Former polytechnics and colleges struggle to survive, with disadvantaged students hit hardest by campus closures and job cuts
Academics in Crewe are waiting in limbo. The campus, which is run by Manchester Metropolitan University, is the main centre for higher education in south Cheshire. But in February it was confirmed it would close in the summer of 2019, with 160 academic jobs at risk, and this week those academics will stage a two-day walkout in protest.
Students have been told they can finish their degrees, but many worry their lecturers will not be around to teach them. Unless the closure is reversed, the campus, which has 100 years of history, will become a ghost town. Welcome to life at the sharp end of the market revolution in English higher education.
The atmosphere among staff is grim, said a senior academic from Crewe. “People are suffering from stress, anxiety and depression. People who haven’t had a day off in 20 years, now they’re taking two, three, four days off because they can’t really cope.”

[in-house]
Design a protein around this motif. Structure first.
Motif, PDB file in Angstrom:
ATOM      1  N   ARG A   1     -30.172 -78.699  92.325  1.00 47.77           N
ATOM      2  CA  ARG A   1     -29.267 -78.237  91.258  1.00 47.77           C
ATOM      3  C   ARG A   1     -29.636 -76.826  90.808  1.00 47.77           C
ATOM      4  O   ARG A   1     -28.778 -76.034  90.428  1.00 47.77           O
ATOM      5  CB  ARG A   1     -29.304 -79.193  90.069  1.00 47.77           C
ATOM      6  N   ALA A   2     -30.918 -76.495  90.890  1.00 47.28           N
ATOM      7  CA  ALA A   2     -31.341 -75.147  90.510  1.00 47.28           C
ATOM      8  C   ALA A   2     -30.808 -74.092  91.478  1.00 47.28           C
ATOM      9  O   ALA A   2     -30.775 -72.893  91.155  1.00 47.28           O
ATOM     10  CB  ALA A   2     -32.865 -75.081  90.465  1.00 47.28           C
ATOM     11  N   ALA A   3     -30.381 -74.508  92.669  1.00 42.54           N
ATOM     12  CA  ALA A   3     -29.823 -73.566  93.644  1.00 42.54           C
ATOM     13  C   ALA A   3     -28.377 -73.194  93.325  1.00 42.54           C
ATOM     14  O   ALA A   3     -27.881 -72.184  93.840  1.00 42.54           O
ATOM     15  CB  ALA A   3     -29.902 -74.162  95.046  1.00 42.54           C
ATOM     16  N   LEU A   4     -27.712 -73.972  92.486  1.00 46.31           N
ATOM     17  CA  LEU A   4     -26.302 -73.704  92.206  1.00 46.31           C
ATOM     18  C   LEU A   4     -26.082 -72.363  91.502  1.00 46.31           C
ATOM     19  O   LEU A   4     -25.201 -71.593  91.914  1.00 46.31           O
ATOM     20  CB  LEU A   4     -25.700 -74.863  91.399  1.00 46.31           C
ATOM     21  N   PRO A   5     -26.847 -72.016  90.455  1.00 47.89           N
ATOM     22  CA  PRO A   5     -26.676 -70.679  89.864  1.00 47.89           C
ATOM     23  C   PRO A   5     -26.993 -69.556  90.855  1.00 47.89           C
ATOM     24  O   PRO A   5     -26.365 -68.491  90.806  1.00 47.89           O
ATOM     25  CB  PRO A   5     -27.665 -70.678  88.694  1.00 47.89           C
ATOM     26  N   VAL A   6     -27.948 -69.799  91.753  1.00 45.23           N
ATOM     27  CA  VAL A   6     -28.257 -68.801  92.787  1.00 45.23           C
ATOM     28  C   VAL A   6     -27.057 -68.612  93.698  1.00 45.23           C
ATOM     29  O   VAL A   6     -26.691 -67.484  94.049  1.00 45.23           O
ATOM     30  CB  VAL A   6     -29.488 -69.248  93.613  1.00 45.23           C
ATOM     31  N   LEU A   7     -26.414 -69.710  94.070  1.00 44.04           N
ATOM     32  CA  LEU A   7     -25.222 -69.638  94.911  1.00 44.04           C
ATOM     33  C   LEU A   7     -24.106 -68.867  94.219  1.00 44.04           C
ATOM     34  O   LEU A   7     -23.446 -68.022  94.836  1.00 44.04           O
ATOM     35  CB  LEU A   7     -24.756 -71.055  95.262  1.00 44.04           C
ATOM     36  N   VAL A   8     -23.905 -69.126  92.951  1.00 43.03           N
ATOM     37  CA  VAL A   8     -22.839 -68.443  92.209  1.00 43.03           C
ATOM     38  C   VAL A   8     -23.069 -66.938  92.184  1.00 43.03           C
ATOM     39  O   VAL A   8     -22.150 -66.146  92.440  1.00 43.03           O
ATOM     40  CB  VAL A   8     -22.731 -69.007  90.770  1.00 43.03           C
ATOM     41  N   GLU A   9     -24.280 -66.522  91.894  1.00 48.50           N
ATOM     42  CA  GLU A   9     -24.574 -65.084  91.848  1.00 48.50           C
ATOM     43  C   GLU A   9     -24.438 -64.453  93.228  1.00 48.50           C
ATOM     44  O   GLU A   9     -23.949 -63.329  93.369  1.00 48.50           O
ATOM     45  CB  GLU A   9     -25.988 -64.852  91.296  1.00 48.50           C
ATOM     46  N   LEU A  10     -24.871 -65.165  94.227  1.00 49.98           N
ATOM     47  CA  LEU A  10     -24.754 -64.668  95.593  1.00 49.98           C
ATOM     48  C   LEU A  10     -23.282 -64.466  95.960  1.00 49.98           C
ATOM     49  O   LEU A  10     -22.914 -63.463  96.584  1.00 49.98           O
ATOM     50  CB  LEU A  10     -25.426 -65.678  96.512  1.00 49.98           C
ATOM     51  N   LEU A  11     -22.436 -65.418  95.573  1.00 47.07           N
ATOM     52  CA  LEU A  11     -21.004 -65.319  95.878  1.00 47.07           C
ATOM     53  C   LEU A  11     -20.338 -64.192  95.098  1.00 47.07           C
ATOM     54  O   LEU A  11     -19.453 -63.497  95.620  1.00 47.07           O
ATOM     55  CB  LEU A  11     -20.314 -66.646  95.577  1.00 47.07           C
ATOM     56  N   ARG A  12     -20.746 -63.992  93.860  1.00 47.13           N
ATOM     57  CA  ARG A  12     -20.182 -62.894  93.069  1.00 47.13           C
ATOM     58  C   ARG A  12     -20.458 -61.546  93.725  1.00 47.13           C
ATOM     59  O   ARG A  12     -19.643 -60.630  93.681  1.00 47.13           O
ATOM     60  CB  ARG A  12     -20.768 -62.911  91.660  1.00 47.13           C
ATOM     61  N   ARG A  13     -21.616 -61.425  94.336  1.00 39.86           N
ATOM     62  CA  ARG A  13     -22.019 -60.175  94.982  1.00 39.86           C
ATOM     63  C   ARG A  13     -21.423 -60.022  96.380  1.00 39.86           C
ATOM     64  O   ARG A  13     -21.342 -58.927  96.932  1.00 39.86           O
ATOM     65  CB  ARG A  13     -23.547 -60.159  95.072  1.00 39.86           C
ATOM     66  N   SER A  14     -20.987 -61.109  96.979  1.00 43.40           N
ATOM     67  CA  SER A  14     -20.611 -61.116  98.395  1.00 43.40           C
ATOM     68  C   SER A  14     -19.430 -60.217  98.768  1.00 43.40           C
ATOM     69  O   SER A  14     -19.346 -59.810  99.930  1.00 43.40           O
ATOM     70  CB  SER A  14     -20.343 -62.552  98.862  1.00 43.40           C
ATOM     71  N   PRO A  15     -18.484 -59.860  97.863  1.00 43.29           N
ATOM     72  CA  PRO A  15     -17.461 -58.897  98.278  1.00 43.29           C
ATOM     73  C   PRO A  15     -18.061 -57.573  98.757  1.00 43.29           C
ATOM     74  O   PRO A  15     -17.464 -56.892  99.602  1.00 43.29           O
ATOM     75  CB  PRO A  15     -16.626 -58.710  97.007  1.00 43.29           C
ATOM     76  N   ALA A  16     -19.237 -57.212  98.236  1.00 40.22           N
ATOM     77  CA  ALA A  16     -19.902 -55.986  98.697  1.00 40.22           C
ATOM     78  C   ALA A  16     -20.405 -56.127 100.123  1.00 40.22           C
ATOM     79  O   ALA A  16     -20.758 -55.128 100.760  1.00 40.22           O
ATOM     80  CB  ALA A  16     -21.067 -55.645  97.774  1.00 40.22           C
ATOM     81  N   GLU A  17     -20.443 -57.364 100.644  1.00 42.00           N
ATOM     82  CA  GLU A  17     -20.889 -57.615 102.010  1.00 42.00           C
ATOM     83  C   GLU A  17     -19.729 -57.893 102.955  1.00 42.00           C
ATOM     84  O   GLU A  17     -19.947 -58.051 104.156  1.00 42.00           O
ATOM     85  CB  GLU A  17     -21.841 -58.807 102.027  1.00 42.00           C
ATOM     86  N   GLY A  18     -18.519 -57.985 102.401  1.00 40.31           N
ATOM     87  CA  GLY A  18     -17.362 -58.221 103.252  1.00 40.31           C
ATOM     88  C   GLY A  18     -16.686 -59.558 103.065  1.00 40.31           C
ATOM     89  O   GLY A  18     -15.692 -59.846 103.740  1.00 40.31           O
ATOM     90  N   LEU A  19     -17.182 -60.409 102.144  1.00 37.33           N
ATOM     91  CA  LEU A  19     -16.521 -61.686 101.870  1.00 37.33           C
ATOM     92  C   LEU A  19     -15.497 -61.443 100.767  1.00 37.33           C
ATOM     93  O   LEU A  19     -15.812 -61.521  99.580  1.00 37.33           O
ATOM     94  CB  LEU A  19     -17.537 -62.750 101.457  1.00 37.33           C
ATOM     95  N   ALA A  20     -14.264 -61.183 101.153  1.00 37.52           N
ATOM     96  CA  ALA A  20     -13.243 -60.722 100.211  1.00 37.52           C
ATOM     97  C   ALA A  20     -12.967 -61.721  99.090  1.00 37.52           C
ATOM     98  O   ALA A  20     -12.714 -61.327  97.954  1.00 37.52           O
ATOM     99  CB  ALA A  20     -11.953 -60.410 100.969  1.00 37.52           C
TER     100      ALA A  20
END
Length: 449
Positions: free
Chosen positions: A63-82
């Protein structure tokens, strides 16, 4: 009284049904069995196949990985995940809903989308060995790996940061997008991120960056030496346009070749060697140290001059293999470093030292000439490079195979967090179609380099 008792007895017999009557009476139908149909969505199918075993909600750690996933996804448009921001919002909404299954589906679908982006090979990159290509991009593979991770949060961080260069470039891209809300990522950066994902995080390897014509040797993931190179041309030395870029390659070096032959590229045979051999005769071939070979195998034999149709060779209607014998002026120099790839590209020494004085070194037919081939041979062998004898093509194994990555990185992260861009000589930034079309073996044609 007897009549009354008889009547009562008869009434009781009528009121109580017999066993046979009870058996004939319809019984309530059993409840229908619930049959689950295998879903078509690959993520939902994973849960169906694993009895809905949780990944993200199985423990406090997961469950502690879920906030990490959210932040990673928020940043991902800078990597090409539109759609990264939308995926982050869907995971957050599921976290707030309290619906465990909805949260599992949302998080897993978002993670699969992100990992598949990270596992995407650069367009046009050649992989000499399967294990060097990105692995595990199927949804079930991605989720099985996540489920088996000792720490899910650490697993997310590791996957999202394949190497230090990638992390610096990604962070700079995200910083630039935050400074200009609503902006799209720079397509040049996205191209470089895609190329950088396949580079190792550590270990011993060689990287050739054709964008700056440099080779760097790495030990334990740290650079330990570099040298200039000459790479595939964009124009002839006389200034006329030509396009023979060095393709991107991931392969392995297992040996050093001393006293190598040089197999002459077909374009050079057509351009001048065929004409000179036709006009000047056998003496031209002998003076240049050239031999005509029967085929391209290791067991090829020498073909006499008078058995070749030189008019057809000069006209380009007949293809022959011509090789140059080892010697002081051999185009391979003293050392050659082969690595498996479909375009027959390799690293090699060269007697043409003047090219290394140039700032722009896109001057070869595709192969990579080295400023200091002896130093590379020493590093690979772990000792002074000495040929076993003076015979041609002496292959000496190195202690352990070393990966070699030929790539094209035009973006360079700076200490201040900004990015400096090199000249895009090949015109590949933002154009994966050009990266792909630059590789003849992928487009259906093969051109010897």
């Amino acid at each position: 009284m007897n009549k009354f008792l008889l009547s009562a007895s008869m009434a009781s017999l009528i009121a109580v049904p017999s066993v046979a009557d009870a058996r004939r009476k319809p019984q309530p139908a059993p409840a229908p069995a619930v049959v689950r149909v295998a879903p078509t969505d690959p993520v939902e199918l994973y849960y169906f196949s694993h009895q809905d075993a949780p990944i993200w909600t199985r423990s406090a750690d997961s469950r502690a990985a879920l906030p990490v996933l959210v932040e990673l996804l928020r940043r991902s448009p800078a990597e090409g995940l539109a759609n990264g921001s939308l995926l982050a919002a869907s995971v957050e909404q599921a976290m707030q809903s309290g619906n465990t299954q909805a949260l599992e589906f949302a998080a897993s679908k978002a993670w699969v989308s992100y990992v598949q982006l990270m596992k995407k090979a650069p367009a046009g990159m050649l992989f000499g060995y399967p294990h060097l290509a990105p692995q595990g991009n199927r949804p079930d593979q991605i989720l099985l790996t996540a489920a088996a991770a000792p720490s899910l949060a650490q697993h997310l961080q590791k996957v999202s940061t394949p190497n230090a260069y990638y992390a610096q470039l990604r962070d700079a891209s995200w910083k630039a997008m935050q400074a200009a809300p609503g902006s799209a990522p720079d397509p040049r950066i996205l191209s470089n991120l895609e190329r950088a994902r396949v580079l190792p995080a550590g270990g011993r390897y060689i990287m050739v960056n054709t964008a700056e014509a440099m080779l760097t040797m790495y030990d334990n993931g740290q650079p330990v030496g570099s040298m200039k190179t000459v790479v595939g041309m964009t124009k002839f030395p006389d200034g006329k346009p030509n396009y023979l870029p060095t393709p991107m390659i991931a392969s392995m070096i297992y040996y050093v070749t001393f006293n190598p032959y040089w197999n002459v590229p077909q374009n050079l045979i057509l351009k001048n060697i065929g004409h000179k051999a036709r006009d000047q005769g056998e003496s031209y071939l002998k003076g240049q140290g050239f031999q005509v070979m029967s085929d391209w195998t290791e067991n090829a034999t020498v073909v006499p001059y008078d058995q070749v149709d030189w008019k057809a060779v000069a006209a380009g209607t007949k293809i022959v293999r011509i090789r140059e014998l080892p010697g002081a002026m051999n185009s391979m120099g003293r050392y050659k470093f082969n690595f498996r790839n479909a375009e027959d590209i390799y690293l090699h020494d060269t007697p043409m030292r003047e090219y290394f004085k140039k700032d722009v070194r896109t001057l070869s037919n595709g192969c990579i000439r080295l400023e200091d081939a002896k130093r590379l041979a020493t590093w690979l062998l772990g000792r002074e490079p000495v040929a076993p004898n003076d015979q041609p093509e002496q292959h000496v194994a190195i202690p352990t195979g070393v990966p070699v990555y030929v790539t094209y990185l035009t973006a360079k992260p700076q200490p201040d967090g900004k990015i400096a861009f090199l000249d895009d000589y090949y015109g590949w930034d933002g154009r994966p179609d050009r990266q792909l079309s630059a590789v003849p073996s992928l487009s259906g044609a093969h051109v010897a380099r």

They aren’t alone. Across the country, universities are preparing for hundreds of redundancies as they deal with ferocious competition, Brexit and the launch of the government’s official “gold, silver and bronze” league table.
Figures seen by the Observer show that already some universities are struggling. Between 2011 and 2015 the number of young students starting full-time courses at Russell Group universities grew by 15%, while the number of entrants to MillionPlus institutions, which represent former polytechnics and colleges, shrank by 22.9%. The analysis, which looked at broad trends, found the number of students starting at University Alliance, which represents those focusing on local business links, and smaller specialist universities, fell by 3.4% and 7.1% respectively.